The Fell

Sarah Moss

The Fell
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The Fell

Sarah Moss

At dusk on a November evening in 2020 a woman slips out of her garden gate and turns up the hill. Kate is in the middle of a two week quarantine period, but she just can’t take it anymore - the closeness of the air in her small house, the confinement. And anyway, the moor will be deserted at this time. Nobody need ever know.

But Kate’s neighbour Alice sees her leaving and Matt, Kate’s son, soon realizes she’s missing. And Kate, who planned only a quick solitary walk - a breath of open air - falls and badly injures herself. What began as a furtive walk has turned into a mountain rescue operation …

Unbearably suspenseful, witty and wise, The Fell asks probing questions about the place the world has become since March 2020, and the place it was before. Sarah Moss’s novel is a story about compassion and kindness and what we must do to survive, and it will move you to tears.

Review

It is my belief that Sarah Moss is the undisputed queen of taking everyday stories that seem ordinary at first glance, and stuffing them full of delicious, near unbearable tension. The Fell does not disappoint on this front; I closed the cover on the last page with shoulders like concrete.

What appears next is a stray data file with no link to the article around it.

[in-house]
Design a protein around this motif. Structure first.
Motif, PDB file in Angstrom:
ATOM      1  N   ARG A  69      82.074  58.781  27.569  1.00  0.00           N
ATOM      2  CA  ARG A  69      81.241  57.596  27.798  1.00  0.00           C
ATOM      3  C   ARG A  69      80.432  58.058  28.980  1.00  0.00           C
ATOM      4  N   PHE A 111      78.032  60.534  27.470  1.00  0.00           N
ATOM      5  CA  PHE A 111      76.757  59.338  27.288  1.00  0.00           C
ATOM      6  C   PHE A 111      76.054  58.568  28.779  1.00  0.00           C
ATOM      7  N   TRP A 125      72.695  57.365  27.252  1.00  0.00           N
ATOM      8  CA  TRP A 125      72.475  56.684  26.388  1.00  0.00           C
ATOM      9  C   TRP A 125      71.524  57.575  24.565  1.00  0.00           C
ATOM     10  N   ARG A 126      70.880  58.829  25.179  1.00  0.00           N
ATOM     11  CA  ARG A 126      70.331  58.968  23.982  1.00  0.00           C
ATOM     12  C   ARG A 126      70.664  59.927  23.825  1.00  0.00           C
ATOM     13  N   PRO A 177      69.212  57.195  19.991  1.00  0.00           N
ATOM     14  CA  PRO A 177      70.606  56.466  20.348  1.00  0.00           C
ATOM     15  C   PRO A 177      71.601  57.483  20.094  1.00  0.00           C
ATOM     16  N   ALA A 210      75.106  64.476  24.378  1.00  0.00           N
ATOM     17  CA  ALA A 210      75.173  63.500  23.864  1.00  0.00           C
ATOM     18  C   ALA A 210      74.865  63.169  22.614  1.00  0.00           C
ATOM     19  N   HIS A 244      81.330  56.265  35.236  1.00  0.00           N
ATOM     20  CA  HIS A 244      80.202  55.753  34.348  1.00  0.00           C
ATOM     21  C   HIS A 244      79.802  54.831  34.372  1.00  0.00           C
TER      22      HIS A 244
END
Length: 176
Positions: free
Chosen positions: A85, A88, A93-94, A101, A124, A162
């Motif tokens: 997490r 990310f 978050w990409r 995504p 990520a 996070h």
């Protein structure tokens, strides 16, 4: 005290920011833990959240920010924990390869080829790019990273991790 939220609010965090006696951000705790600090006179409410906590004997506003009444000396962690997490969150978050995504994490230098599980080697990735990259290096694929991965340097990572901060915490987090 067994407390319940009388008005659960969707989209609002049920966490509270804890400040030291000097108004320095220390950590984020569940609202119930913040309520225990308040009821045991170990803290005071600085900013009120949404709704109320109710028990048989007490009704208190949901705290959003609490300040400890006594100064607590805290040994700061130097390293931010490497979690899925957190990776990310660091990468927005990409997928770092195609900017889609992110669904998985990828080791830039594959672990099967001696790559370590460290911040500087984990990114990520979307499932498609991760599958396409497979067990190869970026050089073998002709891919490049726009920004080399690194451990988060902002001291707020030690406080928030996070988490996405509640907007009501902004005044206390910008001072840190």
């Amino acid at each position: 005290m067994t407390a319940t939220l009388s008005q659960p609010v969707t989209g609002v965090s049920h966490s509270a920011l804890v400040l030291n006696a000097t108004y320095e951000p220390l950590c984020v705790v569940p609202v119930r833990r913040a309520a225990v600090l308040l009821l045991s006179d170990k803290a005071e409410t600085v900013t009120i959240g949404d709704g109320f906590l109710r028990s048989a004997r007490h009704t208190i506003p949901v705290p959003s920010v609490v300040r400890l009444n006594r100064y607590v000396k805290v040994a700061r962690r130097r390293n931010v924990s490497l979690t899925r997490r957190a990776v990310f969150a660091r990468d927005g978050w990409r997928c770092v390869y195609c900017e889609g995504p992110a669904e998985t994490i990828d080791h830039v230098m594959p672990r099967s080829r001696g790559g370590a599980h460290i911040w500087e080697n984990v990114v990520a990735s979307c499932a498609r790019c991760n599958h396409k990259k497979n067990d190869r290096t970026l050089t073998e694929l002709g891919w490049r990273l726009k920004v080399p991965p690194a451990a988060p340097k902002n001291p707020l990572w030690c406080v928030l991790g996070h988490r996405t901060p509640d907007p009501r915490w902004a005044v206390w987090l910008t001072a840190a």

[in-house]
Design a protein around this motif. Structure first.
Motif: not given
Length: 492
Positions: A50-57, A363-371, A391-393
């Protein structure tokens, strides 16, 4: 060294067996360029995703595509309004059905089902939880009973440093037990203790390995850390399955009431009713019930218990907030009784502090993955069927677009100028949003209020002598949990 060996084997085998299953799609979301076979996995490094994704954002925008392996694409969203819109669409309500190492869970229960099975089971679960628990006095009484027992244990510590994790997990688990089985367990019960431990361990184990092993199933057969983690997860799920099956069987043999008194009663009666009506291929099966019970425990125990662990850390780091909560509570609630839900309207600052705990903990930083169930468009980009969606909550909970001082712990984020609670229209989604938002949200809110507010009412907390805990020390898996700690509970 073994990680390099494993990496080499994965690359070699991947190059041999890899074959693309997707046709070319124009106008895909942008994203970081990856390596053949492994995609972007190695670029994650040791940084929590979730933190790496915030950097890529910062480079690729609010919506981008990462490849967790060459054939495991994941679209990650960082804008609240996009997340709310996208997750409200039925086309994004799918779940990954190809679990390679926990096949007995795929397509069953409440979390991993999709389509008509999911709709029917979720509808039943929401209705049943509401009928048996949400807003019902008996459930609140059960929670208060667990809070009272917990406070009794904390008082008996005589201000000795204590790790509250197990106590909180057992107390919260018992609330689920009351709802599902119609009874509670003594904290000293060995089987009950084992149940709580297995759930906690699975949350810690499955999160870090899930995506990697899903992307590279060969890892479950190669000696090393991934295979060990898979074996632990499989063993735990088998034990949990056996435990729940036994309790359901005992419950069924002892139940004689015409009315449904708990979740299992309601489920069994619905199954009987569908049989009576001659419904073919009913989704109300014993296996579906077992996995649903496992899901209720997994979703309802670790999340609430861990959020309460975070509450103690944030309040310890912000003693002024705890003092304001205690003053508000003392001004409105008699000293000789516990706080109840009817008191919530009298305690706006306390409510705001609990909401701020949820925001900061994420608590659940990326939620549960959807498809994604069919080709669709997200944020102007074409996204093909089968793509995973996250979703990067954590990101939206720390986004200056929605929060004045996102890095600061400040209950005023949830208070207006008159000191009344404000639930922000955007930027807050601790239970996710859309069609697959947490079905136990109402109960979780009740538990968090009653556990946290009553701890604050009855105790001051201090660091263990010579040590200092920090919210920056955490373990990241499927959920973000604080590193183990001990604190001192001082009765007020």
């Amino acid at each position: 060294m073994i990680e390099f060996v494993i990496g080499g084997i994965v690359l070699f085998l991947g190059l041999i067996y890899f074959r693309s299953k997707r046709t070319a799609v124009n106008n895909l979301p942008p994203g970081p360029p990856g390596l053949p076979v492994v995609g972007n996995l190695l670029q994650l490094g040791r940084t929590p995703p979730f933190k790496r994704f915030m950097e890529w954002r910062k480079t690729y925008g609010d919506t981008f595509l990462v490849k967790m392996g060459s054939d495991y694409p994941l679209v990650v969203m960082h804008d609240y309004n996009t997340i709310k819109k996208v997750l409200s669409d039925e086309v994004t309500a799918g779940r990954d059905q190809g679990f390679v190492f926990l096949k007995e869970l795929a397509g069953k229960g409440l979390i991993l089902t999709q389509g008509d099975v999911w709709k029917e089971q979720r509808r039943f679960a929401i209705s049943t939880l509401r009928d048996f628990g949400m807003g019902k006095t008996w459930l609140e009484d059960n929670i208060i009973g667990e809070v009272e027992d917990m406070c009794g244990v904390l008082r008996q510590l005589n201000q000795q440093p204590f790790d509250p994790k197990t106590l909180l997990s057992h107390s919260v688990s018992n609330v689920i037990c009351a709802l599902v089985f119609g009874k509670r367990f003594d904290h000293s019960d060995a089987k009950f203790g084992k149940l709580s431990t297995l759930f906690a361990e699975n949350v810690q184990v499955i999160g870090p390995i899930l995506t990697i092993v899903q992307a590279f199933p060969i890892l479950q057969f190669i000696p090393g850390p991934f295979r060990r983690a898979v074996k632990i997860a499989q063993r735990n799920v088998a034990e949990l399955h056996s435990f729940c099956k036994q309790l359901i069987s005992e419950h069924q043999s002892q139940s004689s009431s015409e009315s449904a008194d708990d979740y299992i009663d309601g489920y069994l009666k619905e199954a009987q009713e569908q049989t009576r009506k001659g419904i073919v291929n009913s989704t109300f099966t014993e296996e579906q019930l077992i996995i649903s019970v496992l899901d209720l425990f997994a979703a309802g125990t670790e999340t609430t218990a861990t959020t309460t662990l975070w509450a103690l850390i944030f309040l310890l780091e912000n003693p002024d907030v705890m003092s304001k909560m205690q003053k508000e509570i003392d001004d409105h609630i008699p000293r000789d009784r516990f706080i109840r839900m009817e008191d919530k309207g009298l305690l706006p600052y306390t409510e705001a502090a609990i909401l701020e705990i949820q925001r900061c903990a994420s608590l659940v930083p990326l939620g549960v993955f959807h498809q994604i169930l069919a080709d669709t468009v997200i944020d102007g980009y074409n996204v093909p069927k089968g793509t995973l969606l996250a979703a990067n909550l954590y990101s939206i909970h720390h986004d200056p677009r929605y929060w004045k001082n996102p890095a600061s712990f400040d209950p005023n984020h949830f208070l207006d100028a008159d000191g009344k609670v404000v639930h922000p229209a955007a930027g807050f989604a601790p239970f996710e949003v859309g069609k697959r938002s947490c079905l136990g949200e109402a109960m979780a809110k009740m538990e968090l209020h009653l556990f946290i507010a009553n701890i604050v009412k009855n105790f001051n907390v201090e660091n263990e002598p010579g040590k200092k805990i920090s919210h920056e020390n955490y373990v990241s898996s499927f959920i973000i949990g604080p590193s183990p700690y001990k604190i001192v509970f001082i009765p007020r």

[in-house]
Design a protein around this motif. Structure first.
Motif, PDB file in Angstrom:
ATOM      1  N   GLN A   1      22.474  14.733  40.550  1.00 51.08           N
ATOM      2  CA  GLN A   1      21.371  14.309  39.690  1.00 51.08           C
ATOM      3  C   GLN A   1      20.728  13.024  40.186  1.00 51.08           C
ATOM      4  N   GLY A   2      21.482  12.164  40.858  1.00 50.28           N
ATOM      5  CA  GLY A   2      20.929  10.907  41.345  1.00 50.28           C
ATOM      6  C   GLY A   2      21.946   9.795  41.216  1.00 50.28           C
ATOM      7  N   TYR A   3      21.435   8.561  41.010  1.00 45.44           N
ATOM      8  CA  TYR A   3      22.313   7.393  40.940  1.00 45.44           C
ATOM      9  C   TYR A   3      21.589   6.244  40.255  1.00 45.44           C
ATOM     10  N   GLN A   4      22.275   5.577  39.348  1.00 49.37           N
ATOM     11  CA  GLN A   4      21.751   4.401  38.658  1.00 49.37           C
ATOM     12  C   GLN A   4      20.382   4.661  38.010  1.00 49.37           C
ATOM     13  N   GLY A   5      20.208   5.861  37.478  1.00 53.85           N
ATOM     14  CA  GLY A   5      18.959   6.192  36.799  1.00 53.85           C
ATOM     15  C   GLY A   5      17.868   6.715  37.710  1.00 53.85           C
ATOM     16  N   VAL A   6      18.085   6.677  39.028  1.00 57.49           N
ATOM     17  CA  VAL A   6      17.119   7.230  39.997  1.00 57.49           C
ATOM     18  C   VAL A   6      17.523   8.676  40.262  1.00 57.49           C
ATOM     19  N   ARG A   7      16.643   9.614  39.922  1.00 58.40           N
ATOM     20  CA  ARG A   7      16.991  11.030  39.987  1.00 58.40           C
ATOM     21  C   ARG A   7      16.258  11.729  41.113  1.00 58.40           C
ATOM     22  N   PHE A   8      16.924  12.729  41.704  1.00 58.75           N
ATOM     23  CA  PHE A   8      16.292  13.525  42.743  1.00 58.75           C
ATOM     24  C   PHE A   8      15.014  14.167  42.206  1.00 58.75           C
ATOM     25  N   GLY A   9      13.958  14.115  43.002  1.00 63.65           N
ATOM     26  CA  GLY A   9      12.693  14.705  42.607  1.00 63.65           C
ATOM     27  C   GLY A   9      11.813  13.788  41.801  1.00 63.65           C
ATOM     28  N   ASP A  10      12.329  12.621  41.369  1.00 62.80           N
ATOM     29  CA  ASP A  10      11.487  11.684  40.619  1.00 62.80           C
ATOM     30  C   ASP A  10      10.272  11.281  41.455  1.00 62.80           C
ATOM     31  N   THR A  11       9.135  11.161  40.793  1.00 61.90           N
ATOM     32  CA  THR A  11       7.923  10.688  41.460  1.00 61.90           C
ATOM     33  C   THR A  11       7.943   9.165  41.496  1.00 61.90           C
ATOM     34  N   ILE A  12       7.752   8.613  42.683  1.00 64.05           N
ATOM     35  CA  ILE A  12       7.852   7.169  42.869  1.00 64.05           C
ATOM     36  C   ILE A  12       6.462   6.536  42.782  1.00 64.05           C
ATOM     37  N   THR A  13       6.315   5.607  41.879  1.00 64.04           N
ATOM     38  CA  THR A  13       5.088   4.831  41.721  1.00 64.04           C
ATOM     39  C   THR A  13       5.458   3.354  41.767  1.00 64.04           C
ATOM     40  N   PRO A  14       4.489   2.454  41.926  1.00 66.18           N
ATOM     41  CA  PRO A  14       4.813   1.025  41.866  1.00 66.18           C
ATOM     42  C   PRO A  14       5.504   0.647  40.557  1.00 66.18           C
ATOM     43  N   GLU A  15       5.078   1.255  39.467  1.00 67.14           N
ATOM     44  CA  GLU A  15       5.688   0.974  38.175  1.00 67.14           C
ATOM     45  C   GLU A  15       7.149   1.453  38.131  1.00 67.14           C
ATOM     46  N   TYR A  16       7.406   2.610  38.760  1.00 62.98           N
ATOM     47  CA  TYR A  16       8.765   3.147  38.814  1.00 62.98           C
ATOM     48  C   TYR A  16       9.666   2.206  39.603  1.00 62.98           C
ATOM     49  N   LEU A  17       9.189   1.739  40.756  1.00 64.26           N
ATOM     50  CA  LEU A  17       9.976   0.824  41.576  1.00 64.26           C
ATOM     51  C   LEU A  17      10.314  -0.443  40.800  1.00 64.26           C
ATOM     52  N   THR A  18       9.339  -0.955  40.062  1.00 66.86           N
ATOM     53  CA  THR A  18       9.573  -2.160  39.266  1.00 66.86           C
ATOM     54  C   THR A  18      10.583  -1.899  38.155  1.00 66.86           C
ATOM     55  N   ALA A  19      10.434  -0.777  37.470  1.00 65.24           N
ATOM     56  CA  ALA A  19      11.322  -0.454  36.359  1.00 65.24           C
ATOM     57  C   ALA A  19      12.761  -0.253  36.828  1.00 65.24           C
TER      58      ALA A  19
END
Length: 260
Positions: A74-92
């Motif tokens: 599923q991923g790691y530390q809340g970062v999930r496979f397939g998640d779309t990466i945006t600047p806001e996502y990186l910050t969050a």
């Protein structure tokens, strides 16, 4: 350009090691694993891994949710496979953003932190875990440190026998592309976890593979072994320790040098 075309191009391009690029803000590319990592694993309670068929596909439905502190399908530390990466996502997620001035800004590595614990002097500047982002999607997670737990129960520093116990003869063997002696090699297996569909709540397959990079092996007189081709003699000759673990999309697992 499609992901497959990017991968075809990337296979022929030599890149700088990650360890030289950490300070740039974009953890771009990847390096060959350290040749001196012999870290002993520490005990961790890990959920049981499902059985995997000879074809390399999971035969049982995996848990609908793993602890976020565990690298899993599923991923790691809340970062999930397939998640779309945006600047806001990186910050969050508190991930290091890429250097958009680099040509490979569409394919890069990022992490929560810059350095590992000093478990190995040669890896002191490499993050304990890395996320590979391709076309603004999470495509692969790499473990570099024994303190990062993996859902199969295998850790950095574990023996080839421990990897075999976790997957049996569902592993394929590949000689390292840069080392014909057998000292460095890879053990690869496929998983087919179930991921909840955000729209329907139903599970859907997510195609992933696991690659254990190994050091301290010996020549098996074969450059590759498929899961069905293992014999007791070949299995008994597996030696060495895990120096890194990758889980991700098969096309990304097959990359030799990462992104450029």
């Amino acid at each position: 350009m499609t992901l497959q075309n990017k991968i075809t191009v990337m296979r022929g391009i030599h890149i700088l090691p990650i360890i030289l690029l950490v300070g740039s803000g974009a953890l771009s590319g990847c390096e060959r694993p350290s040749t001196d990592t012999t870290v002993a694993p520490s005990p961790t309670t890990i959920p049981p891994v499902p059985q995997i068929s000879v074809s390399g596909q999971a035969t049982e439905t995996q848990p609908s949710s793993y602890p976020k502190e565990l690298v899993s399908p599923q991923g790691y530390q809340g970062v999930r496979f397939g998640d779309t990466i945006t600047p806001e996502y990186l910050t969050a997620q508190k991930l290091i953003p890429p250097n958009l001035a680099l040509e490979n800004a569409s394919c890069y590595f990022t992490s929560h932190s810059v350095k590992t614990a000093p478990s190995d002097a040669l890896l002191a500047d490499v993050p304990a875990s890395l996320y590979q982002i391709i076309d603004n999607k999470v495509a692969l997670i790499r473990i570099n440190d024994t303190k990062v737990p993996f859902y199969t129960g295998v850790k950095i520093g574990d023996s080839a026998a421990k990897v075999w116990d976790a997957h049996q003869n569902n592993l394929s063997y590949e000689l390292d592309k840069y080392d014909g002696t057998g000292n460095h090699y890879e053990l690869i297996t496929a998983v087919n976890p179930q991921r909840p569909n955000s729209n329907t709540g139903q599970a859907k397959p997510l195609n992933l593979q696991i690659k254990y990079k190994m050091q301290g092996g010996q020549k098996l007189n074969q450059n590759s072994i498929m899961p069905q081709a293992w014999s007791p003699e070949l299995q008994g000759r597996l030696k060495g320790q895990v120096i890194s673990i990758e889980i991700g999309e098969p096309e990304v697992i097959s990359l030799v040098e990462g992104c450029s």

Set during the early months of the pandemic and ensuing global lockdowns, The Fell focuses on the lives and inner thoughts of a cast of characters in a small English village: Kate and her teenage son Matt; their neighbour Alice; and Rob, a single parent charged with Kate’s rescue. Alice is a widowed cancer survivor, reliant on her neighbours Kate and Matt for grocery deliveries during lockdown, until they are deemed close contacts and need to self-isolate. Used to being able to wander the moors and mountain behind her home, Kate finds isolation far too much for her mental state and risks a chance trip onto the moors, resulting in a less-than-ideal situation for all involved.

Moss’ ability to capture the moment-by-moment minutiae of a middle-class life in lockdown is breathtaking. Her great skill lies in making the reader feel as though they are a voyeur of the scene she has created, that we are there with the characters, included yet unobtrusive.

Much like her previous novel Summerwater, The Fell is also intimately concerned with social class, the inexorable effects of capitalism on our society, and climate change. Moss offers much to ponder with this novel, while ultimately gifting the reader with a sense of relief that there are others in the world who have thought and felt the very same things we have during this strange time in history.


Tye Cattanach is a bookseller at Readings Carlton.

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